While there are plenty of ideas about how to design a home office, many of them contradict each other, and everyone has different tastes and styles. However, there are certain tips that will stimulate your mind and boost your productivity.
Aside from the major elements—like color and furniture—other aspects of your home office will also affect you as you work from home. For instance, consider things like noise, lighting, temperature, and how you occupy your breaks. Also, if you’re renting an apartment, you probably won’t have an entire room to dedicate to a home office, so you’ll need to evaluate the layout before anything else. Taking the time to think about these details will enable you to create an oasis of productivity in your own home.
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First, it’s important to know what type of person you are. If you’re someone who loves order and cleanliness, choose a style like minimalism, which promotes a clutter-free space. This is typical for offices because many people believe that an organized desk is better for focus and productivity.
However, if you work best when surrounded by an abundance of papers, documents, books, and more, then you might not only be intimidated by minimalism, but it could also cause you to lose focus. Or, if you’re someone who feels comfortable amid chaos and who knows where everything is in a sea of clutter, try implementing a shabby chic or even a boho style. These will make you comfortable and help boost your creativity.
The safest colors are always neutral tones, which are light and easy on the eyes. Yet, when it comes to your productivity, that safety net might turn into your enemy. Instead, surround yourself with colors that stimulate you. For example, a dark gray background will likely help you stay focused, while the color scheme could include a dark, rich green and gold or brass accents, as well as deep purples or crimson reds. Browse the web for color schemes that you find stimulating and use them in your office.
Studies have shown that taking frequent, short breaks increases efficiency and productivity. As such, consider placing several focal points in your office; this way, you can take even a one-minute break and have somewhere to rest your eyes. Plants are a common solution because green is natural and calming. Or, decorate with art or other items that you find pleasant and inspiring.
Along the same lines, boost productivity by keeping a couple of things on hand for your breaks. Don’t get into something that will make you lose your focus and distract you, though, such as social media. Instead, have a guitar next to your desk, a couple of weights, a coloring book, or a picture book; anything that inspires you can work. The idea of a break is to help take some tension off of your brain, so do something—preferably using your hands or standing up—that will relax you and stimulate your creativity.
Lighting & Heat
Your comfort level in your office dictates your productivity, and this is one of the most crucial aspects of setting up your office. For instance, when you’re considering lighting, determine whether you work better in warm or cold lighting. Additionally, natural light will lessen fatigue, so try to get as much of it as possible. As for the lighting system, invest in high-quality, energy-efficient lights that mimic natural light and allow for intensity and color changes. Then, you can adapt it to the time of day, your mood, and your tasks.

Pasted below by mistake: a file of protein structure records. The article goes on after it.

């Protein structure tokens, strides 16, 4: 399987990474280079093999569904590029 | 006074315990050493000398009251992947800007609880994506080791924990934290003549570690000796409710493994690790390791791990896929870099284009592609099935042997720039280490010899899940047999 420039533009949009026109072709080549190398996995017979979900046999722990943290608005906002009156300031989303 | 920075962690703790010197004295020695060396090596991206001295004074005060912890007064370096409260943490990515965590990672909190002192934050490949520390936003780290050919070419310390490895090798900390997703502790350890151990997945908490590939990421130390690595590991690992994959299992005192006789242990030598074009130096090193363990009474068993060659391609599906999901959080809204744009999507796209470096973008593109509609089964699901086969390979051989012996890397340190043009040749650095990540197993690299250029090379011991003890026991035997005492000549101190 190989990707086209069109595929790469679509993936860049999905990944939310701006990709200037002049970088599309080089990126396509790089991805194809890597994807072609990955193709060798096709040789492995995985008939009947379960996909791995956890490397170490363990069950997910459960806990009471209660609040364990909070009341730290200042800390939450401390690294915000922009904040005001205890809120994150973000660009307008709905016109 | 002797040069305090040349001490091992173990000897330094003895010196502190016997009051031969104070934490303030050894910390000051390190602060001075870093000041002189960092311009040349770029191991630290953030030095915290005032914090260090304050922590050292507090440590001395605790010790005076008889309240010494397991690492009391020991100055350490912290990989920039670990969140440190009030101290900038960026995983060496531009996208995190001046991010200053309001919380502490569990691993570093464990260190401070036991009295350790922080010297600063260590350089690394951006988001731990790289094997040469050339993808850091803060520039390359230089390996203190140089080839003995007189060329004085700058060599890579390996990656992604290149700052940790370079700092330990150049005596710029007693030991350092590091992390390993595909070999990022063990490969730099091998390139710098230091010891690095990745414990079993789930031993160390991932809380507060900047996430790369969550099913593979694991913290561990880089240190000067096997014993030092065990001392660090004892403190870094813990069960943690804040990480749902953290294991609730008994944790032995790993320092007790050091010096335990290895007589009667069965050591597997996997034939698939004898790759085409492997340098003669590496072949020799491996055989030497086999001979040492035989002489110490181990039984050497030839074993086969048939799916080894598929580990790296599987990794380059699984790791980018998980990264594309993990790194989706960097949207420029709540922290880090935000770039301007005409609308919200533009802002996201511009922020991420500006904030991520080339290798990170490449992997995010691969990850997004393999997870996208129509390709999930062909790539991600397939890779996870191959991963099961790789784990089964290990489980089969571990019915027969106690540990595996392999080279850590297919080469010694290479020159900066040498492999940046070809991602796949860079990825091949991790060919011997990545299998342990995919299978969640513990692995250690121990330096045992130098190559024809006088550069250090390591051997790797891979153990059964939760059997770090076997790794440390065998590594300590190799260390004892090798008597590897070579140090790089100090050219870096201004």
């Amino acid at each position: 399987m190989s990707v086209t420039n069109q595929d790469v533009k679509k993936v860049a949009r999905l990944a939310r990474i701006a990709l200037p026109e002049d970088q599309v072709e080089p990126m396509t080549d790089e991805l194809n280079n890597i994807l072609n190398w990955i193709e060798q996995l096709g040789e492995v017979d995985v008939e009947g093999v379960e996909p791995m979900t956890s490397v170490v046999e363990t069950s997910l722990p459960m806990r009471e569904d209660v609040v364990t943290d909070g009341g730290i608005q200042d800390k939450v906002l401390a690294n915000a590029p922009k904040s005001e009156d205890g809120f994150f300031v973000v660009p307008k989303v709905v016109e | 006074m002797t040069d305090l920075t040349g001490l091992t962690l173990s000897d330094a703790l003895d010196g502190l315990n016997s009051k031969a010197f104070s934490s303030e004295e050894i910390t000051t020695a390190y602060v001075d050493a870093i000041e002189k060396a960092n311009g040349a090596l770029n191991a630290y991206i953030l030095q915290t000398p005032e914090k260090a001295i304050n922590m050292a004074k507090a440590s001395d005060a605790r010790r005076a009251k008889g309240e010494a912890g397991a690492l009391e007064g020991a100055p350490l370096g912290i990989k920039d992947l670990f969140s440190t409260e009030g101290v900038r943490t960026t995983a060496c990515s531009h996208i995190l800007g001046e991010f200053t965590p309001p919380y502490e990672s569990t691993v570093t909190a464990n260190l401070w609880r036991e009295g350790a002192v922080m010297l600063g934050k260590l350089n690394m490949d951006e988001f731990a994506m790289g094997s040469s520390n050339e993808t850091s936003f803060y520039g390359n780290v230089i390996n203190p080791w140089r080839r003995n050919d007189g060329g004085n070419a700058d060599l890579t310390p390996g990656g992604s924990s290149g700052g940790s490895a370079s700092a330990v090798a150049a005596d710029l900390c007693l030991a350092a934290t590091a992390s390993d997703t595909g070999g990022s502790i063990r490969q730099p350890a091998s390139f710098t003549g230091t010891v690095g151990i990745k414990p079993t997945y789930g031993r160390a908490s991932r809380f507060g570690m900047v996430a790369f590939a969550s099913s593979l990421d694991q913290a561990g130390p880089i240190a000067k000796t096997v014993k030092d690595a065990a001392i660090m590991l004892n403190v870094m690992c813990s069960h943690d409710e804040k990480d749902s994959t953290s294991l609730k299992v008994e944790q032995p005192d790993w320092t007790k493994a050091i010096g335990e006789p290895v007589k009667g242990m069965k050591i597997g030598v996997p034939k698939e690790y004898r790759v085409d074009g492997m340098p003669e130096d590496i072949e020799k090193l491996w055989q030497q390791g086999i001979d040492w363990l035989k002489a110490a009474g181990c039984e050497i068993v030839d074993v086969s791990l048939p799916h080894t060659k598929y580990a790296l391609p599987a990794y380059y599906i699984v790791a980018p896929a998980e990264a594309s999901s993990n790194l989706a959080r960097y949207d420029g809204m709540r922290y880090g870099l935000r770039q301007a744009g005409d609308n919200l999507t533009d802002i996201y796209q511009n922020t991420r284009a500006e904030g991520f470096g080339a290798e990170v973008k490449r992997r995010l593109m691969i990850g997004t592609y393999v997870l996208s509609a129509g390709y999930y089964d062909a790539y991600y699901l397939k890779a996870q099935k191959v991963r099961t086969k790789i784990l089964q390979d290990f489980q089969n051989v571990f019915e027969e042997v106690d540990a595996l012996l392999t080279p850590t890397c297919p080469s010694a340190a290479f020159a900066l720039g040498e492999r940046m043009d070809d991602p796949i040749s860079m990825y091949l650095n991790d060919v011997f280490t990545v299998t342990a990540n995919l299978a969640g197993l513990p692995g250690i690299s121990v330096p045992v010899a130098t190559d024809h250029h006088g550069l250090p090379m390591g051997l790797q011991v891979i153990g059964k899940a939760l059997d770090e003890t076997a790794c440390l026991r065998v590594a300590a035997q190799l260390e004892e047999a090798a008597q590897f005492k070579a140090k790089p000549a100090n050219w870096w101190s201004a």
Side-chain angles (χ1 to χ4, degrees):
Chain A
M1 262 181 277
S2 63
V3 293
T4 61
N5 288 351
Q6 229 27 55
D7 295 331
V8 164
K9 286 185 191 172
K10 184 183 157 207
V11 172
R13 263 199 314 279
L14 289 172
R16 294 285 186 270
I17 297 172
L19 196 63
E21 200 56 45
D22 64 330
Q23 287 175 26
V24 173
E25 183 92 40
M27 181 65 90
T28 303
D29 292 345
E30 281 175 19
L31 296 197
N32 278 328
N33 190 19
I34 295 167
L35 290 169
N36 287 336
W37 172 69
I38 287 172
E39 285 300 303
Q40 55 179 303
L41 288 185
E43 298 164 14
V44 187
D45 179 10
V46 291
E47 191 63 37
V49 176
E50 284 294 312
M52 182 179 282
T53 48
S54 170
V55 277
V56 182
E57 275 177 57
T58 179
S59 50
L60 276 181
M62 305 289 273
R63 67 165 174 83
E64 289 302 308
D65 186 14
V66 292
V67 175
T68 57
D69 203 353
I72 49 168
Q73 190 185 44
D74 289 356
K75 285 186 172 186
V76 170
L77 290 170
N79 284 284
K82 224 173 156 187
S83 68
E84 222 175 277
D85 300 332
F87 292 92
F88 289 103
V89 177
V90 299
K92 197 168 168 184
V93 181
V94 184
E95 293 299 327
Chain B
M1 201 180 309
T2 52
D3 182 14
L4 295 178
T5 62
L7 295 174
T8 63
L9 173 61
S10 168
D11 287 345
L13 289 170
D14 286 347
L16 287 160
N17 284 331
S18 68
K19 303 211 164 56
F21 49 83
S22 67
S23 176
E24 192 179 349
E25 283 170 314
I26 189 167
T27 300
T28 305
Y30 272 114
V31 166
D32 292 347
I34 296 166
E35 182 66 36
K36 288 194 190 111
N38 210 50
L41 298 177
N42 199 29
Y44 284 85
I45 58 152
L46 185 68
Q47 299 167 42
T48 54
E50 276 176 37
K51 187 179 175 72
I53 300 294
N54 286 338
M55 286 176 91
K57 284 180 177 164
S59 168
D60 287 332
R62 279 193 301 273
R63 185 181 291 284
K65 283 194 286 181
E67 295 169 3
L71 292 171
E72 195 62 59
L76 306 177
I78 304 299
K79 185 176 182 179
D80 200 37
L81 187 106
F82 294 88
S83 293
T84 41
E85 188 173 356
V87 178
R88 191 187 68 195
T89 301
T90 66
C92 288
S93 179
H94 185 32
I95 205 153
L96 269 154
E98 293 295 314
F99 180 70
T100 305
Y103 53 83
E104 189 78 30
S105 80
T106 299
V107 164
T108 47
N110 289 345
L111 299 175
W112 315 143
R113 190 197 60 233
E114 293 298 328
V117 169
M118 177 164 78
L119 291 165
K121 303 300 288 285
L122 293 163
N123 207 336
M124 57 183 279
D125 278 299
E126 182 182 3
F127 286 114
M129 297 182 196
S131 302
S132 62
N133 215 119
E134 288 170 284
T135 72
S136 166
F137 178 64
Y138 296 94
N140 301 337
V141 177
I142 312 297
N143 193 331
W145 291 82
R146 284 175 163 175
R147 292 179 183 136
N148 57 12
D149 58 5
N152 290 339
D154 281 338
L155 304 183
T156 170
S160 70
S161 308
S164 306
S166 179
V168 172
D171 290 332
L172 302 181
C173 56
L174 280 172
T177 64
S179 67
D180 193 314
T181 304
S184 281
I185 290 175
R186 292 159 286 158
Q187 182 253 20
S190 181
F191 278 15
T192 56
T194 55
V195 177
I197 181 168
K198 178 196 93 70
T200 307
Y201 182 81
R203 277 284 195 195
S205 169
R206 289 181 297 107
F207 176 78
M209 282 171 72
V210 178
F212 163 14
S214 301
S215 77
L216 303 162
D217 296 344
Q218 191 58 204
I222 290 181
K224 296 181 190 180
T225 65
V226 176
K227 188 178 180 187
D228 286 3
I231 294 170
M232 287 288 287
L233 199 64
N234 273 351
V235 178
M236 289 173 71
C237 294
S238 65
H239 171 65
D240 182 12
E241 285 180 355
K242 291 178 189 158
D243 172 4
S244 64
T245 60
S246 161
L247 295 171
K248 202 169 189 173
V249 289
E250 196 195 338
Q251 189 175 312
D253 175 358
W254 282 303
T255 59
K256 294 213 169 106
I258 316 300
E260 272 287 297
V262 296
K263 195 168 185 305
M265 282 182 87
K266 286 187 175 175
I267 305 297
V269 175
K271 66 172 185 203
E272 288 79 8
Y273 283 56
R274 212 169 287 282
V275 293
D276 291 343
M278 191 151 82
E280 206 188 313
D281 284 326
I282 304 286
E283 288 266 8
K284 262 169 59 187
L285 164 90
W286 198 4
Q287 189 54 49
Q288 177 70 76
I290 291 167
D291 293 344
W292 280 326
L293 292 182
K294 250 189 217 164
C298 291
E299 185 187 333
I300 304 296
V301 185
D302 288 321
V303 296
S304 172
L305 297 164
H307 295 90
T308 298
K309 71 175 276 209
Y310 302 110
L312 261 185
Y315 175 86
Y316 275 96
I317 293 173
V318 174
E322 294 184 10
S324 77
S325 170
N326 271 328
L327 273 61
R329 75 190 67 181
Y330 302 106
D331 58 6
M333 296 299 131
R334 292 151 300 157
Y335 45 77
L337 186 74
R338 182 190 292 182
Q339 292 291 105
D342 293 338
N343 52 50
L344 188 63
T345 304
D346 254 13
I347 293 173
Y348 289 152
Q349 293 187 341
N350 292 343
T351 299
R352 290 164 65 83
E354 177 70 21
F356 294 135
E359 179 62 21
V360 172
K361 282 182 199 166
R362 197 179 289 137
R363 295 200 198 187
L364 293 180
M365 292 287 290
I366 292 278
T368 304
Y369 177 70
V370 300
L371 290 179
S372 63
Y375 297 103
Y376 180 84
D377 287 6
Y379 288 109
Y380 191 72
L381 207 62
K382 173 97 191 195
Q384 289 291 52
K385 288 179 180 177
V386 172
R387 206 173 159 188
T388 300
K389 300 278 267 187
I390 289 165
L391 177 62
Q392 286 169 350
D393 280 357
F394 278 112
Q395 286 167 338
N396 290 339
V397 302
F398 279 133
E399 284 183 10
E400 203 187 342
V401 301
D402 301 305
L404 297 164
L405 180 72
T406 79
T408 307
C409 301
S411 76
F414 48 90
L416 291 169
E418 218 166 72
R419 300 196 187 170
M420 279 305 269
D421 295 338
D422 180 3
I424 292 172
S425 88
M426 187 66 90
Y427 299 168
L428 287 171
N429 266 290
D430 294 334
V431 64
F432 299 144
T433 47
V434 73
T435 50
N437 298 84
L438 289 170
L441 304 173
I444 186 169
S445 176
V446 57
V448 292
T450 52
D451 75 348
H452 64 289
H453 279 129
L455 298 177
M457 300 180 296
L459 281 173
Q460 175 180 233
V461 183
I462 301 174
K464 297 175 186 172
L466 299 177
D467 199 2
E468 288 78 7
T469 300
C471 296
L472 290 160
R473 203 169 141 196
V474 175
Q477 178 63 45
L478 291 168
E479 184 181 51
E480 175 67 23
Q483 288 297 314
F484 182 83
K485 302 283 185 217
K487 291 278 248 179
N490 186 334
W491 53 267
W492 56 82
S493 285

The same applies to how warm or cold you want your office to be. Some people work better in colder rooms, while others find it distracting. Conversely, some people prefer warm environments, while others become sleepy and mellow when it’s too warm in a room. Find the right temperature for you and keep it consistent. If you’re attentive, you’ll figure it out after two or three days of trial and error.
Select a style, color, and texture for your furniture that will fit with your bigger design plan; consider what will go well with your style, lighting, and décor. But, never compromise when it comes to furniture ergonomics. If you work at a desk all day, invest in a high-quality chair with lumbar support and adjustable settings, as well as a quality desk—perhaps even a standing desk if it works for you. Then, narrow it down to a few options and go test them out.
You might also want to have a sofa or an armchair, as well as a coffee table, in case you have meetings with clients. Don’t forget about storage options, either; invest in storage cubes or shelves where you can keep your projects and office space organized.
These details will help you decide what kind of space you need to feel good and work properly. Although this office is at home, separate the space and yourself when working by dressing accordingly and keeping the lunch hour clear. It’s tricky to keep a healthy work-life balance when working from home, but it becomes a lot easier when you have a clearly defined space.
About the author: Mihaela Buzec is a passionate reader and writer, with an affinity for language and linguistics, as well as the latest technological developments. She discovered her passion for real estate at RENTCafé, and you can read more of her articles on their blog.